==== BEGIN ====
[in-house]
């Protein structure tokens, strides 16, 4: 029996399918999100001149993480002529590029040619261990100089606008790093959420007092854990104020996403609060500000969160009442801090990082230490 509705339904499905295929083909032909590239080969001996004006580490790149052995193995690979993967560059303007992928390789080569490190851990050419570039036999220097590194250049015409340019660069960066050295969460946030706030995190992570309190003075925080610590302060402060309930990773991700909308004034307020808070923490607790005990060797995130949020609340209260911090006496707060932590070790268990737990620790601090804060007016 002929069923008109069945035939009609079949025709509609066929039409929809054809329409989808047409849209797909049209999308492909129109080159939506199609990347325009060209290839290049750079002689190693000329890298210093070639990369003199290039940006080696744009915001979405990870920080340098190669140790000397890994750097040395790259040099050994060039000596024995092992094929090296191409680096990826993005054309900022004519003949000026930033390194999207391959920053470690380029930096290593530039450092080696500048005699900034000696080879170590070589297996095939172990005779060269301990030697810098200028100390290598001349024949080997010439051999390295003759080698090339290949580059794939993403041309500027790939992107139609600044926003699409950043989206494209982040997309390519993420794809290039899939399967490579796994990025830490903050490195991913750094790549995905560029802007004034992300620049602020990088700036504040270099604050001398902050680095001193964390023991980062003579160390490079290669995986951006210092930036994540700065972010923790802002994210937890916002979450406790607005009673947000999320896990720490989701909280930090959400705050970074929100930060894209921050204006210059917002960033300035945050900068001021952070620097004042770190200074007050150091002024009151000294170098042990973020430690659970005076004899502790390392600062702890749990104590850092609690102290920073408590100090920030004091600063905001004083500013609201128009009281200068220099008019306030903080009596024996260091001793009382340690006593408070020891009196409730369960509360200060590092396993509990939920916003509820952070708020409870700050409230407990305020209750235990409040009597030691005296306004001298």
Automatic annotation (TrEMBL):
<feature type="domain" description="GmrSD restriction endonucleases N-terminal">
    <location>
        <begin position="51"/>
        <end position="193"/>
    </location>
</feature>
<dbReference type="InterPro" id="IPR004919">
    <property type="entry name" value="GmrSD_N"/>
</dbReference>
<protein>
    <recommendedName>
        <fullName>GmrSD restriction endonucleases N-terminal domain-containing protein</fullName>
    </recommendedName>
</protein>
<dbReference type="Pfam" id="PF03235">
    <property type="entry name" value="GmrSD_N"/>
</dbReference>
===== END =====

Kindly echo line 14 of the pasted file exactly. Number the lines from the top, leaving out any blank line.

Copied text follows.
    <recommendedName>